Story Telling in Space and Time: A Ubiquitous Mobile Application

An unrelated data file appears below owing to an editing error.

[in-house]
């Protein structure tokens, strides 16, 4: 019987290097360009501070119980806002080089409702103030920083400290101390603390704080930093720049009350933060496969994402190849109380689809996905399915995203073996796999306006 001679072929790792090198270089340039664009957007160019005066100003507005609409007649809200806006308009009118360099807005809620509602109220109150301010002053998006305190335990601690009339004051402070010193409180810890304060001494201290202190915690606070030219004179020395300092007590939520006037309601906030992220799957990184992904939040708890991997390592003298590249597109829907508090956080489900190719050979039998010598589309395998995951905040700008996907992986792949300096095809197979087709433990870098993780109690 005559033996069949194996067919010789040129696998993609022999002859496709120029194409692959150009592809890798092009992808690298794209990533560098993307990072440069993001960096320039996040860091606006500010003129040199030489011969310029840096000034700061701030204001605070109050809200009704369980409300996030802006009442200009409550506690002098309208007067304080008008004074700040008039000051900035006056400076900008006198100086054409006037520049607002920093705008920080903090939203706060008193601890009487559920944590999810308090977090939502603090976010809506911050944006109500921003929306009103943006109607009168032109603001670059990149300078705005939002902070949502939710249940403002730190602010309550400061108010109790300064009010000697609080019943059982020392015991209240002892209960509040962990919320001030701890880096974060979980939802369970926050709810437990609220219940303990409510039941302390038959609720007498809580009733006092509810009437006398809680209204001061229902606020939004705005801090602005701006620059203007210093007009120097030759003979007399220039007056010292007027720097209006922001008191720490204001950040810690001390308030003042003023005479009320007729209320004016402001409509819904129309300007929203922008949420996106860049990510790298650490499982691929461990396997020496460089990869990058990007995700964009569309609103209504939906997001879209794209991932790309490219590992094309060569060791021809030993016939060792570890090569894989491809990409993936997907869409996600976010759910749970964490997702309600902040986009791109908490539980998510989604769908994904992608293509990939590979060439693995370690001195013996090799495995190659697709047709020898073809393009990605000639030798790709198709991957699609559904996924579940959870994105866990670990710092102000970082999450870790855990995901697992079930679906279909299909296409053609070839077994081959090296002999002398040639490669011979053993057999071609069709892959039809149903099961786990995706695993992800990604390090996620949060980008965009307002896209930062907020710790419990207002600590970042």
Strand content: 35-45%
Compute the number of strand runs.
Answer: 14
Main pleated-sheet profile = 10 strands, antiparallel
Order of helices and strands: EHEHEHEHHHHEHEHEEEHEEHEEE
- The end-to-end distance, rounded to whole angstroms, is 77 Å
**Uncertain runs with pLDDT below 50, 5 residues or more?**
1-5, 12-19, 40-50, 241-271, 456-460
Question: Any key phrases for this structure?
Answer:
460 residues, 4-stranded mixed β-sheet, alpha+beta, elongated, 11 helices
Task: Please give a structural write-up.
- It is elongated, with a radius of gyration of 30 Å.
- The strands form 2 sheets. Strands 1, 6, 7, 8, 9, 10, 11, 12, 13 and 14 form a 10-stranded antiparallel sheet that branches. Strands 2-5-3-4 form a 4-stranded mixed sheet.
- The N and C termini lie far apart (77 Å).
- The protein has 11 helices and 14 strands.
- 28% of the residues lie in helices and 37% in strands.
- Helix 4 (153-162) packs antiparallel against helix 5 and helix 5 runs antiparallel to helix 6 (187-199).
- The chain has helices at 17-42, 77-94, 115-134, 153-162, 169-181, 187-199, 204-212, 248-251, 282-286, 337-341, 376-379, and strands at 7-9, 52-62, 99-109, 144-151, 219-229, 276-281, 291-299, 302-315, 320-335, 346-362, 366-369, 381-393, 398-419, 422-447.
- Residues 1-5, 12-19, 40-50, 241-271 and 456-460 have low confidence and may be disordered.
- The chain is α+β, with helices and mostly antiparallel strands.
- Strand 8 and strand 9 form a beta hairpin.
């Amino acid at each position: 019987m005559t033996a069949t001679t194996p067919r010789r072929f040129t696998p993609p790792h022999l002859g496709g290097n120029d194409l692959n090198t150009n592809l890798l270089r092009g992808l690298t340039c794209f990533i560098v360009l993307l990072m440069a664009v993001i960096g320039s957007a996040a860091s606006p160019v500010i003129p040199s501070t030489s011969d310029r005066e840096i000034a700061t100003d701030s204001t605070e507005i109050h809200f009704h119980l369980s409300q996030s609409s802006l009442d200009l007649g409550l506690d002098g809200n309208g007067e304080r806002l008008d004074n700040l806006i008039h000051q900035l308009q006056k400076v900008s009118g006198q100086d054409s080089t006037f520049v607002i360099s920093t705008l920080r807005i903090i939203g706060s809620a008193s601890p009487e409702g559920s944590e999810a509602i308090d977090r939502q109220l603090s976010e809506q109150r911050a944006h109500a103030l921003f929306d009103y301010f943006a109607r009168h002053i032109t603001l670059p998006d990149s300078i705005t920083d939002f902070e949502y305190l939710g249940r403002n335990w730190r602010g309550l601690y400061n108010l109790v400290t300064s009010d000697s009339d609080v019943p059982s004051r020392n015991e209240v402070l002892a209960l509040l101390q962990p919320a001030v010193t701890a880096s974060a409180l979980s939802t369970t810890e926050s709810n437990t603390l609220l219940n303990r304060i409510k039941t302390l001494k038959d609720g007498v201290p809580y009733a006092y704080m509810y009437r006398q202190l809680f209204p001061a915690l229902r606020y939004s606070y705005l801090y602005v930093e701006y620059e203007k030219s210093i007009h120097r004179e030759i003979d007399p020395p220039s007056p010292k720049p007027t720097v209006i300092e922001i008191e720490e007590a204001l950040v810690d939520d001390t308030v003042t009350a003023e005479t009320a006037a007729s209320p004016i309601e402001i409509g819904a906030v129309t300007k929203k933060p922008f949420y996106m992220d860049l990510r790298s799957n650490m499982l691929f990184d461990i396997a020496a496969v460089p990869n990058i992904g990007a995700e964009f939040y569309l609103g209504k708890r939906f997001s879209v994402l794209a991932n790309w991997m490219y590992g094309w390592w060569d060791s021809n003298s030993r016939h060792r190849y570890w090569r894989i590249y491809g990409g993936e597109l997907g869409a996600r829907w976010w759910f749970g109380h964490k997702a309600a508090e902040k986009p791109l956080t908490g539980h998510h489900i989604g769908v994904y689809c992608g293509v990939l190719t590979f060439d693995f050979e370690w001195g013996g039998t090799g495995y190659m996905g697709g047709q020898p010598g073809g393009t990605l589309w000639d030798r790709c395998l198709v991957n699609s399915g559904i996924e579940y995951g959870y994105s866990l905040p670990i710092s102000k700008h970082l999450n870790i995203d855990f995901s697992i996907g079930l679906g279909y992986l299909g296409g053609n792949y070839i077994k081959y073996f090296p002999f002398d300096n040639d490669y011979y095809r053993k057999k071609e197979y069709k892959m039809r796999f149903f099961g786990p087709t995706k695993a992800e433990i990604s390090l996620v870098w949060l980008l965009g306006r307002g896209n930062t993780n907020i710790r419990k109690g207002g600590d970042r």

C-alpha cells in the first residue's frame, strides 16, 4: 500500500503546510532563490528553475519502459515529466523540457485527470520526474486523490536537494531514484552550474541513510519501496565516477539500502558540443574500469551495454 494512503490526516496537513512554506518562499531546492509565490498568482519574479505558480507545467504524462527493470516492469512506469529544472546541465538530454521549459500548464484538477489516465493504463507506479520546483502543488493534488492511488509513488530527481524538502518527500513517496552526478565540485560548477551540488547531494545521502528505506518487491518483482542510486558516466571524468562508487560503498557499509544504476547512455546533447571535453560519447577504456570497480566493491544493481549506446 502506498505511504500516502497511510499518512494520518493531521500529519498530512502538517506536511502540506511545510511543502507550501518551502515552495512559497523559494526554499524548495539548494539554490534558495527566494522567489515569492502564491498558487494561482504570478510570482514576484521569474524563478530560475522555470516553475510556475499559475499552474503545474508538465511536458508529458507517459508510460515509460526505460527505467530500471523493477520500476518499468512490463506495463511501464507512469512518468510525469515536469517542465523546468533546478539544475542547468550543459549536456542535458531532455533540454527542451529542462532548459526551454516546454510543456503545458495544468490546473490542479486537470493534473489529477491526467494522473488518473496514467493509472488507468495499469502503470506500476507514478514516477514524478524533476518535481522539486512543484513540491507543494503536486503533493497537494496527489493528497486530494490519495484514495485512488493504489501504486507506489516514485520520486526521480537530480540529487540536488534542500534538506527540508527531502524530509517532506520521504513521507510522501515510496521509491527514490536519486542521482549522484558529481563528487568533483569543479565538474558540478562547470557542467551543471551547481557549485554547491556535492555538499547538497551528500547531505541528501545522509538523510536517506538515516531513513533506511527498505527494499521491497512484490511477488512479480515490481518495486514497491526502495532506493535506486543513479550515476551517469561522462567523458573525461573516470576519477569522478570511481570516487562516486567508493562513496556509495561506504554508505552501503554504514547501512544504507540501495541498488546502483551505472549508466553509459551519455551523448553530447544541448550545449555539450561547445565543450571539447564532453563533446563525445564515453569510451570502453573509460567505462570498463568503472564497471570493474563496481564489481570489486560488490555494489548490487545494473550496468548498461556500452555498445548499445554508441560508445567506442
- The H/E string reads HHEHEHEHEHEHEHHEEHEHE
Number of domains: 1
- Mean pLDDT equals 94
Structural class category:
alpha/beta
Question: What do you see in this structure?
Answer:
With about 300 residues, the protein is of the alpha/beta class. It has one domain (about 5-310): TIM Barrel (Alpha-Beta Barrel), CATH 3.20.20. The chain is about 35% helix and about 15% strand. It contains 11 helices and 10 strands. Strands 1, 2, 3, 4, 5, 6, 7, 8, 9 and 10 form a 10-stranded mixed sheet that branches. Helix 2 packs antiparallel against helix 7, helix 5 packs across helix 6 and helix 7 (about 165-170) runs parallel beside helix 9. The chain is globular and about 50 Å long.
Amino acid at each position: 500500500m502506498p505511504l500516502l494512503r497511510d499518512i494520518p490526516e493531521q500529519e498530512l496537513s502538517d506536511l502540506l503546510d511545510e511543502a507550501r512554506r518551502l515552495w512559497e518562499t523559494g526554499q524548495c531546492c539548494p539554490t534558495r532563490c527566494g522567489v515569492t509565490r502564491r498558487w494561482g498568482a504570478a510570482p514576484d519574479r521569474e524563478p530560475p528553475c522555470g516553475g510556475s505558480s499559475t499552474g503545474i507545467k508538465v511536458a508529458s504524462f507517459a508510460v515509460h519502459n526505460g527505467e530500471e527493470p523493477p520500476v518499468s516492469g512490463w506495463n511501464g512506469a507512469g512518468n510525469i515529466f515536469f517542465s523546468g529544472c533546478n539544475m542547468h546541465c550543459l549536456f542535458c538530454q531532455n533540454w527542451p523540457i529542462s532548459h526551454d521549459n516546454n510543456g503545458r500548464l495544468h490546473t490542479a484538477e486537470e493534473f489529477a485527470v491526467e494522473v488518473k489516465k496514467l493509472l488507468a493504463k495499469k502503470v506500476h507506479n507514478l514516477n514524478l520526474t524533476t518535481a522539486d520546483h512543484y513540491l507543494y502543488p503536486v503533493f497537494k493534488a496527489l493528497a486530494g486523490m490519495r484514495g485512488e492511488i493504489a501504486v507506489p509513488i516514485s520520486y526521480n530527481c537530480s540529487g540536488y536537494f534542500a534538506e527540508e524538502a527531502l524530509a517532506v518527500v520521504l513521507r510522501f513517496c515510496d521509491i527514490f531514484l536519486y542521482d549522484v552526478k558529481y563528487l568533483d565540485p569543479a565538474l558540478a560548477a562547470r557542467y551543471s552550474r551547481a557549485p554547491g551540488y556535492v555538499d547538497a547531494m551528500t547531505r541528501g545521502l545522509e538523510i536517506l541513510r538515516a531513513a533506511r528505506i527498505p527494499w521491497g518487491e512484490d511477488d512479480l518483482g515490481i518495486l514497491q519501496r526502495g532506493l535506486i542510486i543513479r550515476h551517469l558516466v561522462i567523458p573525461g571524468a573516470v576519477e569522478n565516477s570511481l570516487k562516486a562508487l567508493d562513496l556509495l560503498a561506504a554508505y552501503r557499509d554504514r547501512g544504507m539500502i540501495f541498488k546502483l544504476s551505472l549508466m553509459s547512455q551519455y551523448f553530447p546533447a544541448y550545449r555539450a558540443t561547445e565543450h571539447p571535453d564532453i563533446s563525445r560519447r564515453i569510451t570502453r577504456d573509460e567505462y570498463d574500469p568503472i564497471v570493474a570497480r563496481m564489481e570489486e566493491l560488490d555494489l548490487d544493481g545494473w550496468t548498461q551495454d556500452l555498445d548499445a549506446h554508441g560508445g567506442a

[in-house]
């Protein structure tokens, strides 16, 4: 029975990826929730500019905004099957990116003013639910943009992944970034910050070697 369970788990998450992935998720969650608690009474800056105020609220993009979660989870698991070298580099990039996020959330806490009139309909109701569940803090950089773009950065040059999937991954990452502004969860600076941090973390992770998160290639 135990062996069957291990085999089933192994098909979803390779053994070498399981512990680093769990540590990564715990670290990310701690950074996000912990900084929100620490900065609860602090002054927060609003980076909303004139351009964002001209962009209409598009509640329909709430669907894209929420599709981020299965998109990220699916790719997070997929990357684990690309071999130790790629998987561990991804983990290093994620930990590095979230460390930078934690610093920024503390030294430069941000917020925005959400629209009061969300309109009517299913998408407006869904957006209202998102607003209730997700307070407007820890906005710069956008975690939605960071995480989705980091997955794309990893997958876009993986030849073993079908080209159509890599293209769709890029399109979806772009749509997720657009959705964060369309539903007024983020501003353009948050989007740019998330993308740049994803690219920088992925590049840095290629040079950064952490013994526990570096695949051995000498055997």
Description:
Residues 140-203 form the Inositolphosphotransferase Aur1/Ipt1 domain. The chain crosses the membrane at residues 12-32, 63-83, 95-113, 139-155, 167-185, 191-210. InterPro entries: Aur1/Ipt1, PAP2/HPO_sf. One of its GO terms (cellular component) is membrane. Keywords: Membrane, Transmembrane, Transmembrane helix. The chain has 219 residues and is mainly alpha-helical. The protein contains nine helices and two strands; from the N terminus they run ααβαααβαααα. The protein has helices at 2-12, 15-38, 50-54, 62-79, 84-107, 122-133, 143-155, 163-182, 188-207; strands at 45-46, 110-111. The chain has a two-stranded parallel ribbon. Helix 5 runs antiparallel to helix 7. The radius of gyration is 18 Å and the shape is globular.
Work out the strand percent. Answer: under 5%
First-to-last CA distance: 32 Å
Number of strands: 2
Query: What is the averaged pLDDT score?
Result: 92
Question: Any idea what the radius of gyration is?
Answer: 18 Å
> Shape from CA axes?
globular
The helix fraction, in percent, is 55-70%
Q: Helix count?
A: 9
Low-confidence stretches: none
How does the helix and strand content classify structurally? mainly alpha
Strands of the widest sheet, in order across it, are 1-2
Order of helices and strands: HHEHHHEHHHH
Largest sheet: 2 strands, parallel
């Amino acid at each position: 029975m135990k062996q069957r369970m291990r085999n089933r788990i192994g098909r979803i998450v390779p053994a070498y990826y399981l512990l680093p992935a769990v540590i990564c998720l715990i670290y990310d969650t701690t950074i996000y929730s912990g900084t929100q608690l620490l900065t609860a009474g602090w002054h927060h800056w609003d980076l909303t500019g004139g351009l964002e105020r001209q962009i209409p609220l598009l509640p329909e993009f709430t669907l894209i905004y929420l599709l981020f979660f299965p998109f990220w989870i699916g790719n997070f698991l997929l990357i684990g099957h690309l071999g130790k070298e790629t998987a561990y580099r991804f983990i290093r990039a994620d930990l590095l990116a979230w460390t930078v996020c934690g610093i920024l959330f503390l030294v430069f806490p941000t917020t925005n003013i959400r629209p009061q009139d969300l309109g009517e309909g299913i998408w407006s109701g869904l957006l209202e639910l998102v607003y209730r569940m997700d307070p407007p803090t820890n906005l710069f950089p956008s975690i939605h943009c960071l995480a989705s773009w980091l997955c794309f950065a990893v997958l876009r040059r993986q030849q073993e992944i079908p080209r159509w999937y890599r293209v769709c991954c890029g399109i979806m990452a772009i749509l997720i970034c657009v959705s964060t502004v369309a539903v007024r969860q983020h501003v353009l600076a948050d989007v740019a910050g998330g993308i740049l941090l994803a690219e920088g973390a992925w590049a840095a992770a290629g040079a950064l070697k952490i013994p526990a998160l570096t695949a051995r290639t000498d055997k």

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Walking around a city in a group with a human tour guide has long been the primary way of learning about a city. However, advances in the Global Positioning System have enabled walking tour mobile apps to be increasingly seen as a viable alternative (Festa, 2016, Sui and Goodchild, 2011). Within the realm of Location-Based Services (LBS), several examples of walking tour mobile apps already exist (Lu and Arikawa, 2013), but their applicability is still limited as they are typically focused on a specific technique to help the user find his/her way. This dissertation project instead aims at using multiple techniques to produce a ubiquitous storytelling walking tour app, named Tour Guide. Tour Guide has an intuitive design to provide support to the user in finding his/her way and help the user cope with getting lost, similar to how a traditional human tour guide mentors a group. Using storytelling techniques make listening to the content fun, intuitive design makes the app user-friendly and the app’s ubiquity features make it easier for the user to put her phone away and immerse herself in the surroundings instead of staring at the screen. A proof-of-concept mobile Android app is developed for a ghost tour in the Royal Mile street of Edinburgh, Scotland. Tour Guide is undergone user testing in the field. Results are outstanding and show that the app is successful in attracting the users’ positive opinions. Despite the fact that none of the users had any mobile walking tour experience before, most of them now prefer using mobile app tour rather than a human tour.